but past experience with troops in camp would indicate that inoculation was an important factor at San Antonio. The question of the value of preventive inoculation is, however, still an open one. So also are other applications of the principles of immunity, as the production of anti-sera for snake-venom, and for the irritant (and perhaps intoxicating) vegetable agent causing hay fever.
I have earlier in this lecture referred to methods of serum diagnosis depending on agglutination or solution of bacteria or on the precipitation of protein. Immunology has recently contributed to medicine another diagnostic method of great value. Its principle is that of complement fixation, the theory of which is too complicated for brief explanation, but the method as applied to syphilis, in the well-known Wassermann test, has since 1906 occupied a most prominent position in the diagnosis and treatment of this disease, and is now accepted as a method of great value in the more obscure cases, and numerous attempts are being made to apply the principle to other diseases.
Another phase of immunological study is that of anaphylaxis, a subject concerning which the professor of pathology in this university is one of the best known authorities. Anaphylaxis, the condition of increased susceptibility dependent on the sensitization of an organism to a foreign protein, is by no means thoroughly understood, but it has thrown light upon immunity from a new angle and has stimulated an enormous amount of investigation. Its utilization in the detection of specific proteins, its apparent explanation of the tuberculin, mallein and similar reactions, the light it has thrown on serum sickness, so-called, and the possibility it offers of explaining diseases characterized by critical phases, have attracted a host of investigators, who see in it the key to many little understood phenomena of disease. As yet the practical results are meager, but the ultimate outcome promises much for medicine.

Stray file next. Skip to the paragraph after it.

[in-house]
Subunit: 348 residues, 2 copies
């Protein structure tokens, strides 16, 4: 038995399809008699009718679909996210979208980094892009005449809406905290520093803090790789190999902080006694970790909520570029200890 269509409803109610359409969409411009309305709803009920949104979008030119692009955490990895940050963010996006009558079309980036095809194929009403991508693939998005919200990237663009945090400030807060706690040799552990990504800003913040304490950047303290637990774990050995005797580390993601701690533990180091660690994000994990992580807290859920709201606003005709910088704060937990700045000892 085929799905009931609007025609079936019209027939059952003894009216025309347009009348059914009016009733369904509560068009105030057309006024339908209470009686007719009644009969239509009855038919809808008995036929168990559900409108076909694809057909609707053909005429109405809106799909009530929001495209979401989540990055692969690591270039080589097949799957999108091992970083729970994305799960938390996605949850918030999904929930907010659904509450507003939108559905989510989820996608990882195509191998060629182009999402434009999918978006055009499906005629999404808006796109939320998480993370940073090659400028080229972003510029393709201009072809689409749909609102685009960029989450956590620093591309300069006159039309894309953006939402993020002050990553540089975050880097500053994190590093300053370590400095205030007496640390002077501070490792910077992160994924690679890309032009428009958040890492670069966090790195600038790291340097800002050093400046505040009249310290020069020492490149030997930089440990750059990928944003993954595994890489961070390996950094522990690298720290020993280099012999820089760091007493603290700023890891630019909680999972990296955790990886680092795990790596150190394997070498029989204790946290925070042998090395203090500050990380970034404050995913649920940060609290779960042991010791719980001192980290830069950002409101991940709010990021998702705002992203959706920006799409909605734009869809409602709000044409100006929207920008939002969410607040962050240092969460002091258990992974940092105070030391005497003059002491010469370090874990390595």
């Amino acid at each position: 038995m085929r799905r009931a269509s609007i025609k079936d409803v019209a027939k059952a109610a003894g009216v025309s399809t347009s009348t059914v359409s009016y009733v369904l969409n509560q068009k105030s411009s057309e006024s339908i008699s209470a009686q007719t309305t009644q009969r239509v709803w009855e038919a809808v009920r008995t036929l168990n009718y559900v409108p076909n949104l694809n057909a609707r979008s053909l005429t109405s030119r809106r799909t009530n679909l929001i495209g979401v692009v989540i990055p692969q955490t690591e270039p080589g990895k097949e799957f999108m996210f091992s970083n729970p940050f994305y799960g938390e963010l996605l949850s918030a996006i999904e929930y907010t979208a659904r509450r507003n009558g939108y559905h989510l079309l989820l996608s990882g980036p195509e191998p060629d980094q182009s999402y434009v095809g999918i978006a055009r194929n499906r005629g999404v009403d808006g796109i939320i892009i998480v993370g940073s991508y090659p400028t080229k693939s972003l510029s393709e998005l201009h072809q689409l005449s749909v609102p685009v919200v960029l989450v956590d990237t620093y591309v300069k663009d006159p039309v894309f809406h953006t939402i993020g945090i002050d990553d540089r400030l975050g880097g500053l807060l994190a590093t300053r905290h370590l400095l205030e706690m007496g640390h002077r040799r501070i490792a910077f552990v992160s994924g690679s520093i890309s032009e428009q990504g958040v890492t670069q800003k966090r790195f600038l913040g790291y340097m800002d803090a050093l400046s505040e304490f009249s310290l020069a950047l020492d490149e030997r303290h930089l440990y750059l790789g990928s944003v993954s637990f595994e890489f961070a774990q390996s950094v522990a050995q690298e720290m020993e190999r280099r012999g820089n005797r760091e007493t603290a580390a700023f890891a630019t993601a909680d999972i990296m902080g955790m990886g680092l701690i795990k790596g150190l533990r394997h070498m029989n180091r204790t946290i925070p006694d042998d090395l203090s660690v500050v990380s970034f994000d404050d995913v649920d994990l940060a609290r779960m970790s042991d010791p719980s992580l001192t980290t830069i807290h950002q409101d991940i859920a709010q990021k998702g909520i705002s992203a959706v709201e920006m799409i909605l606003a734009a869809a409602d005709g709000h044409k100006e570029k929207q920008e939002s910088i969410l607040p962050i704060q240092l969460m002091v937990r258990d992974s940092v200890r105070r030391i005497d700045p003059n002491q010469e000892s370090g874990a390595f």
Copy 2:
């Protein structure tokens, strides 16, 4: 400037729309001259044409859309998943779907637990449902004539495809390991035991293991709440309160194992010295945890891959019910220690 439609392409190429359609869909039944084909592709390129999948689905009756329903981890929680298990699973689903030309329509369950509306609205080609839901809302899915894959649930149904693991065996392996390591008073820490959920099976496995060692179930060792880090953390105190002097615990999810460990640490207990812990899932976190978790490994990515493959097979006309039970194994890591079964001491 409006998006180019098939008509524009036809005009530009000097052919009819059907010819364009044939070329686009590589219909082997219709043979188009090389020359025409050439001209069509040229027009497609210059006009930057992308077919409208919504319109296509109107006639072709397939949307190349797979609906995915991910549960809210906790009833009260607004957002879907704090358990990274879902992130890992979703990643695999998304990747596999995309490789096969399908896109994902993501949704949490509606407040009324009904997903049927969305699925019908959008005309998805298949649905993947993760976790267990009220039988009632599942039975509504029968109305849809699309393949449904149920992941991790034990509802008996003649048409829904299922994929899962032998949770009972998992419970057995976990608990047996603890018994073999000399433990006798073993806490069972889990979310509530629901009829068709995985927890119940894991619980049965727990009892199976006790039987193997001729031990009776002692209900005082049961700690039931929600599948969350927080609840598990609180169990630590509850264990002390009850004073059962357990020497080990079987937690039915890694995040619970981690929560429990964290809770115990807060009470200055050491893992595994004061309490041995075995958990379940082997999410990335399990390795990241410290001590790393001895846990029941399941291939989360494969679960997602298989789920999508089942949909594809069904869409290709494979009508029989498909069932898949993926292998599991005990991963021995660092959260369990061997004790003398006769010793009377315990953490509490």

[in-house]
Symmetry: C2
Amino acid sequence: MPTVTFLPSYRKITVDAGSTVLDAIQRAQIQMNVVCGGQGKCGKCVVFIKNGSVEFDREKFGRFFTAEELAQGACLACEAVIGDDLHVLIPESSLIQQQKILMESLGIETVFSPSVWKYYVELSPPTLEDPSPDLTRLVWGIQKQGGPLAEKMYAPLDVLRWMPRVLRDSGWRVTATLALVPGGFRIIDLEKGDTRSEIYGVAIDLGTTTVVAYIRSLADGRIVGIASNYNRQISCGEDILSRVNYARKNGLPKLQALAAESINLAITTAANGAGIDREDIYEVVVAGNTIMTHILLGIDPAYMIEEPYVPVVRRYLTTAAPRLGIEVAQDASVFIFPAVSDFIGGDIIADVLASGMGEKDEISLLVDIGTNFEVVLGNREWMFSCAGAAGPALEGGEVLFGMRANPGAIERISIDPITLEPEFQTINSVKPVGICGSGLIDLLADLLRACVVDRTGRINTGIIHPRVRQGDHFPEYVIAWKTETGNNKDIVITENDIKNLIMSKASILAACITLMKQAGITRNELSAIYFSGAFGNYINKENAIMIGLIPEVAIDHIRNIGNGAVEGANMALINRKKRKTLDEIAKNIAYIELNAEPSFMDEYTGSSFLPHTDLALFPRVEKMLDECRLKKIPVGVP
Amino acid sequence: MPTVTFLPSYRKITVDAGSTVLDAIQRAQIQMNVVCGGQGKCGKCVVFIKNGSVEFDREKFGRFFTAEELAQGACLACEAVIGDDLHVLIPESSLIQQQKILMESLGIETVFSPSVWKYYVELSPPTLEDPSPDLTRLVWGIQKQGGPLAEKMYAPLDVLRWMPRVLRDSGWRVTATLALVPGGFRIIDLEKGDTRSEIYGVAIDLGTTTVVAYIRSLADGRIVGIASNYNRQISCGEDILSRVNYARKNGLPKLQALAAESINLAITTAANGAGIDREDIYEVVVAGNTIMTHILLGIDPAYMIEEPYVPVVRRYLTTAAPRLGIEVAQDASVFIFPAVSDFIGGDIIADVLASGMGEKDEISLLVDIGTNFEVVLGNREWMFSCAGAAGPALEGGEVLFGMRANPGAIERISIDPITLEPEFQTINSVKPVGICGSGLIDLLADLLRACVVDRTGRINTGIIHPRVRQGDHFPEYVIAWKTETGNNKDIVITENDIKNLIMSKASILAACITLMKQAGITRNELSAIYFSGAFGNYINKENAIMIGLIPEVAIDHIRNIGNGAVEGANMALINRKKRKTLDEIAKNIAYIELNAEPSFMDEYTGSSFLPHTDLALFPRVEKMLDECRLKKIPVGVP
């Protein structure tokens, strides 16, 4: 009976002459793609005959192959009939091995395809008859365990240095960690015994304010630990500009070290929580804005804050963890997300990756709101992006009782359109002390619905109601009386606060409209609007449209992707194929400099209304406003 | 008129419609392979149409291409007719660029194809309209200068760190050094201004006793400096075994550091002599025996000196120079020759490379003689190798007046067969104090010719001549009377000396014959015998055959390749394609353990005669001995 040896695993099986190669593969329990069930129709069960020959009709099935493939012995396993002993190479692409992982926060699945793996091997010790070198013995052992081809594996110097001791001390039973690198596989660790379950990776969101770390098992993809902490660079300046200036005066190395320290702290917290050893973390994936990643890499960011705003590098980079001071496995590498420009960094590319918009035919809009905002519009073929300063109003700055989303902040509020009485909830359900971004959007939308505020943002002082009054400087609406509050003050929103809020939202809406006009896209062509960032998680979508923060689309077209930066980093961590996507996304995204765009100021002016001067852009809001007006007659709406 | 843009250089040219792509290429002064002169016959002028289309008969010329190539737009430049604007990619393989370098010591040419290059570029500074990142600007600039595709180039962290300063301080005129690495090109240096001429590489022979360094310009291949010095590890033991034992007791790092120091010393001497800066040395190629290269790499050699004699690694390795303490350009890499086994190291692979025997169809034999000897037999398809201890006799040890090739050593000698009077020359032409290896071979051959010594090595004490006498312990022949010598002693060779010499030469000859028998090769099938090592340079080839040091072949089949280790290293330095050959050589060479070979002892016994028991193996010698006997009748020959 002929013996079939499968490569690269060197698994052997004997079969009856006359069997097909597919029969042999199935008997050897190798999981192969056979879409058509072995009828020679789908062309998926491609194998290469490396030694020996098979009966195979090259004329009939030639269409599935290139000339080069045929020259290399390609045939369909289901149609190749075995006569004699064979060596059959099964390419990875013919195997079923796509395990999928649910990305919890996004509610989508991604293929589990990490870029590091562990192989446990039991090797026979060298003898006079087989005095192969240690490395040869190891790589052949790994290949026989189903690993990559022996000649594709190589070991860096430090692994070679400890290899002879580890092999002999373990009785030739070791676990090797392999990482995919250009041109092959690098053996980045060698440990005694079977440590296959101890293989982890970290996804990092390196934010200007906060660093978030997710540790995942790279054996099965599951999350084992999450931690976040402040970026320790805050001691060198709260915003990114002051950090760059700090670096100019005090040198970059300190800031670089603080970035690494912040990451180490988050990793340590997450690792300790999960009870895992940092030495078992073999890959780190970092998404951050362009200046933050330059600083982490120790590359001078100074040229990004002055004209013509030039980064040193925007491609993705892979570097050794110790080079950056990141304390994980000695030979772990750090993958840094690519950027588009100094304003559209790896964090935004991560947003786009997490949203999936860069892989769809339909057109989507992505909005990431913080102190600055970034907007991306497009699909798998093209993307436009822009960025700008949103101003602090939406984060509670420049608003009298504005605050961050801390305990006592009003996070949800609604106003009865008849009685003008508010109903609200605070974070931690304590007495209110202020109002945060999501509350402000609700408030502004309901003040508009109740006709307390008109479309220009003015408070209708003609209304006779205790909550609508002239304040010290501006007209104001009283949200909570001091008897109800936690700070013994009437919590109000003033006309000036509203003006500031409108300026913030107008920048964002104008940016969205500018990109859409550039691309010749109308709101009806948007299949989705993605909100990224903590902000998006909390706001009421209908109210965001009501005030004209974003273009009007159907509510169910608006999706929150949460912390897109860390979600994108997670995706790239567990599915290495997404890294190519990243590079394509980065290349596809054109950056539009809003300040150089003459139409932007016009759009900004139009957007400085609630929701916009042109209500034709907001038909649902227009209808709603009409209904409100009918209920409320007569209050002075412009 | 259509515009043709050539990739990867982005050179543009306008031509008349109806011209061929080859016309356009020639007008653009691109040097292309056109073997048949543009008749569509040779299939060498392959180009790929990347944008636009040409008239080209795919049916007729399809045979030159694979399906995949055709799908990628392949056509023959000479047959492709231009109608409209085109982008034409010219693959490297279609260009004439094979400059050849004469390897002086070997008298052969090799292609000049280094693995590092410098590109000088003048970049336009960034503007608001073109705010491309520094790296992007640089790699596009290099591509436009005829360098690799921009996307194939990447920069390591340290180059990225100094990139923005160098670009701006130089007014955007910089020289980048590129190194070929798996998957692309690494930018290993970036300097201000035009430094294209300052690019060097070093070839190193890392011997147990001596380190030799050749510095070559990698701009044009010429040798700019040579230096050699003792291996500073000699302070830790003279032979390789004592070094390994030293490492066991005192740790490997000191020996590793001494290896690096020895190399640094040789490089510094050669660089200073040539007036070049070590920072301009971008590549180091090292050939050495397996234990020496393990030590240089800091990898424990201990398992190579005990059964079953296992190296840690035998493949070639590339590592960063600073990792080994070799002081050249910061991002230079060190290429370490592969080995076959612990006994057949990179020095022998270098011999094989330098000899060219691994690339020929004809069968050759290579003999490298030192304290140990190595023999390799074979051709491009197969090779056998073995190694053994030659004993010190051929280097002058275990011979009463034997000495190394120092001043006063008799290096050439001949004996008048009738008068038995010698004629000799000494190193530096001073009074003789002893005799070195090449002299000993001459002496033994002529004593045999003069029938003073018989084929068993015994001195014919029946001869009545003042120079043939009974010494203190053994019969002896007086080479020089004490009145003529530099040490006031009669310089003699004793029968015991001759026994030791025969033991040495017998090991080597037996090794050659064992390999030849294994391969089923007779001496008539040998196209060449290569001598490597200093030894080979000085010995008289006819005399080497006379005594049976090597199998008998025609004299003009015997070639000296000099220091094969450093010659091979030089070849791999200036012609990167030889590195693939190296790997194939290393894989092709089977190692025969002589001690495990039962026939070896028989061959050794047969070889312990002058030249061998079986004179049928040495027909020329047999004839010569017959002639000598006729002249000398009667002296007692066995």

Another field, and one in which American investigations have been of the greatest importance, is the study of diseases the etiology of which is unknown, but which, it has been supposed, are in some instances due to filtrable or ultramicroscopic viruses. The recent work on poliomyelitis by Flexner and his associates is an example. This disease, appearing irregularly in sporadic and epidemic form, was in the past not definitely grouped among the infectious diseases. All attempts to find a causative microorganism have failed. The workers of the Rockefeller Institute and also certain European investigators have shown that the tissues of the central nervous system contain the virus, and that when the fluids of such tissues are injected into monkeys, typical poliomyelitis results. Moreover, the experimental evidence points to an elimination of the virus through the upper respiratory passages, thus offering a substantial basis for scientific prophylaxis through the proper care of the secretions of the nose and throat. Such investigations show how im-